Sunday, 10 January 2016
Hall E ( New Orleans Ernest N. Morial Convention Center)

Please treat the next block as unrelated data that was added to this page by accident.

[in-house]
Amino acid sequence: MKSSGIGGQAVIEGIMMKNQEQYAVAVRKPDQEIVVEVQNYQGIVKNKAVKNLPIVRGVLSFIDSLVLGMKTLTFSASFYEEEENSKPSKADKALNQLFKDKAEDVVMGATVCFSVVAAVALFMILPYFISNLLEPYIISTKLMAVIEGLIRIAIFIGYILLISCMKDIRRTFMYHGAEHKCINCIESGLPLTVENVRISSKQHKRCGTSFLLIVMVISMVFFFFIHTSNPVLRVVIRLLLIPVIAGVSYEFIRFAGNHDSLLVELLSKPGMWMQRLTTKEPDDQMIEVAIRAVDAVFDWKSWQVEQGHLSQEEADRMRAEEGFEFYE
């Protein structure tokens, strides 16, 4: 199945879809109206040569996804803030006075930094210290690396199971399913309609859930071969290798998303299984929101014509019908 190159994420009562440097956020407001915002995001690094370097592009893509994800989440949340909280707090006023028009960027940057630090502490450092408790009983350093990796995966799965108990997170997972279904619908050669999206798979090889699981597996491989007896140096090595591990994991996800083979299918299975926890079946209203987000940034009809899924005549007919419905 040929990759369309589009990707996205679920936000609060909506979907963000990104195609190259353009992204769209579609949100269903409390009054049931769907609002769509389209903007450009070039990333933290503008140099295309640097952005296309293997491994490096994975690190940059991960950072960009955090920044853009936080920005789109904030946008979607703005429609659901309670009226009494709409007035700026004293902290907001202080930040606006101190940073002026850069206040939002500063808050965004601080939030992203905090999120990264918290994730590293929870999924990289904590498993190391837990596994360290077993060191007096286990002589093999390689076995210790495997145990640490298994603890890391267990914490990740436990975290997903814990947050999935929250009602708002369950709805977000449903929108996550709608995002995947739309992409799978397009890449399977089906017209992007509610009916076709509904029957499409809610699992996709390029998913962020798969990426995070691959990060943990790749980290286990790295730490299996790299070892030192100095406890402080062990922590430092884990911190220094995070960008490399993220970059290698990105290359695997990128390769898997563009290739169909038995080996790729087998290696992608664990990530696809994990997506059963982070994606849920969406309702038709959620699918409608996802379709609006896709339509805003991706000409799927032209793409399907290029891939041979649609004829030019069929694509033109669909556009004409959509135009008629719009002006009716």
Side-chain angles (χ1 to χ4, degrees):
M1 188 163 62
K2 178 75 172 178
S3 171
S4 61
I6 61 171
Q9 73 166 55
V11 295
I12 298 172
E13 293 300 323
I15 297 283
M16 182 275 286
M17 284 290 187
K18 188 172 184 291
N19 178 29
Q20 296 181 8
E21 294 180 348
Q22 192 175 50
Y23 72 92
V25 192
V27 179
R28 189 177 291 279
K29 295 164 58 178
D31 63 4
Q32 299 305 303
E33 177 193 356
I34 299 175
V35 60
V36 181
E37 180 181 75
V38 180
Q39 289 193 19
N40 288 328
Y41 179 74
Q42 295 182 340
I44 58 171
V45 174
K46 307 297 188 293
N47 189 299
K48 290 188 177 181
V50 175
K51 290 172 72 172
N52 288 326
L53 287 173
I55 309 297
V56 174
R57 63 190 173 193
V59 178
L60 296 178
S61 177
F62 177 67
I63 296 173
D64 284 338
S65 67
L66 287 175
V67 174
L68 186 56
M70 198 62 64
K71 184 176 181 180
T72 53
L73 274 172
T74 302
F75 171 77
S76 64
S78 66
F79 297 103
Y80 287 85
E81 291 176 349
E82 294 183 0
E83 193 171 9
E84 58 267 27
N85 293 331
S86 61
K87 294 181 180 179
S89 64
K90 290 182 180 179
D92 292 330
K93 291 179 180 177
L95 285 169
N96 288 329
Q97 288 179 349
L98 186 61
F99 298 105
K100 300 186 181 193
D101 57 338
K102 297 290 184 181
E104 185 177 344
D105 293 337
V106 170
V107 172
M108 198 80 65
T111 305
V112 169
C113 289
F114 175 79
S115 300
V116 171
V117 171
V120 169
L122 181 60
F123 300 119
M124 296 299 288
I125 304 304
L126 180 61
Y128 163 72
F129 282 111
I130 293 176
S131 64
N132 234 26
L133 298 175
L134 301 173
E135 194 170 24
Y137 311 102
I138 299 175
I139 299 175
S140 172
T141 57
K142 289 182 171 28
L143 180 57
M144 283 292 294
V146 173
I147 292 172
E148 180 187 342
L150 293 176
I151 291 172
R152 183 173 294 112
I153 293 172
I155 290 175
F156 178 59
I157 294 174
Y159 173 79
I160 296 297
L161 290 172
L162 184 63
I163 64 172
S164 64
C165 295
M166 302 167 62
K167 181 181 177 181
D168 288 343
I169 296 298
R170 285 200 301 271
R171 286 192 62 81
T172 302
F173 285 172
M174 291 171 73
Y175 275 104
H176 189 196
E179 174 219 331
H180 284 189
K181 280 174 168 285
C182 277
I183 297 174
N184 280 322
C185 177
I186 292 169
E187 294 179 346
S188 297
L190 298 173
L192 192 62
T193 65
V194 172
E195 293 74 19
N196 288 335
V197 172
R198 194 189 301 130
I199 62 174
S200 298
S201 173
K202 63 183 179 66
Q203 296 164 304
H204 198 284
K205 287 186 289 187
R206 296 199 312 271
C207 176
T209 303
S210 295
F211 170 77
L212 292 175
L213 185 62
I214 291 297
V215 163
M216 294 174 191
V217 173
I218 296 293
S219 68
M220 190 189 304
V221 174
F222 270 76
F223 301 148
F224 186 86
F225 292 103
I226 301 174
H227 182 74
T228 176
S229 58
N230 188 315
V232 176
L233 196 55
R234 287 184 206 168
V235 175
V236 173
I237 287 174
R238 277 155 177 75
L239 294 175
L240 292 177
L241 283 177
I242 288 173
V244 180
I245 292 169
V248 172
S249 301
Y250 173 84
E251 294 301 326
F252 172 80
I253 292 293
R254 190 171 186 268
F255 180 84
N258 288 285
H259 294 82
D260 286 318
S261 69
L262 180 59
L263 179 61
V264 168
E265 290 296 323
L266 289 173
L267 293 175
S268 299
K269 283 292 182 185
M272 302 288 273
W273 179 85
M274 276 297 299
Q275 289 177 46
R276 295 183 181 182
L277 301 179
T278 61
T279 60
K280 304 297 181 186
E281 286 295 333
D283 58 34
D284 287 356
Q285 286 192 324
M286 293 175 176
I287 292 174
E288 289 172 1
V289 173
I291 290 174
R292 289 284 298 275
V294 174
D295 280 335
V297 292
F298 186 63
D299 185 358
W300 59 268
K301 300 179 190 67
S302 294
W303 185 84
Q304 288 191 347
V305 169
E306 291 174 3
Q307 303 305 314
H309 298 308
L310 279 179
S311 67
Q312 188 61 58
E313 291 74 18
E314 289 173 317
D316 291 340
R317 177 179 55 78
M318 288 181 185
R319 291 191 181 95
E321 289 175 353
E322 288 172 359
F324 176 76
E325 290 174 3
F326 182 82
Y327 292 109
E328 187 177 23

PECAN aims to advance the understanding of continental nocturnal warm-season precipitation with a focus on conditions with a nocturnal low-level jet (LLJ) and stable boundary layer (NSBL). A unique aspect of the experimental design was the integration of a wide variety of profiling systems into a fixed and mobile PECAN Integrated Sounding Array (PISA) across northern Oklahoma, central Kansas, and south-central Nebraska. This paper reports the preliminary findings obtained at Fixed-PISA 3 (FP3). Measurements were obtained by the Millersville University Atmospheric Research and Aerostat Facility, which consists of the Vaisala MW41 rawinsonde system, acoustic SODAR with RASS extension, MPL-111 micropulse LIDAR, and 10 m flux tower. Data from FP3, supported by those from other fixed and mobile PISAs, allow for a detailed characterization of the structure and evolution of the boundary layer from late afternoon through early morning, including the development of the LLJ. Three case studies of the Great Plains LLJ will be presented that highlights differences between weak (13 m/s), moderate (23 m/s), and strong (31 m/s) LLJs, and the underlying structure and evolution of the nocturnal boundary layer. Preliminary results suggest that LLJs formed solely by differential heating over sloped terrain are relatively weak and allow for the initiation and growth of a substantial NSBL because momentum transfer to the surface is proportionally weaker. Conversely, relatively strong LLJs are synoptically-forced and occur in the absence of a robust NSBL.
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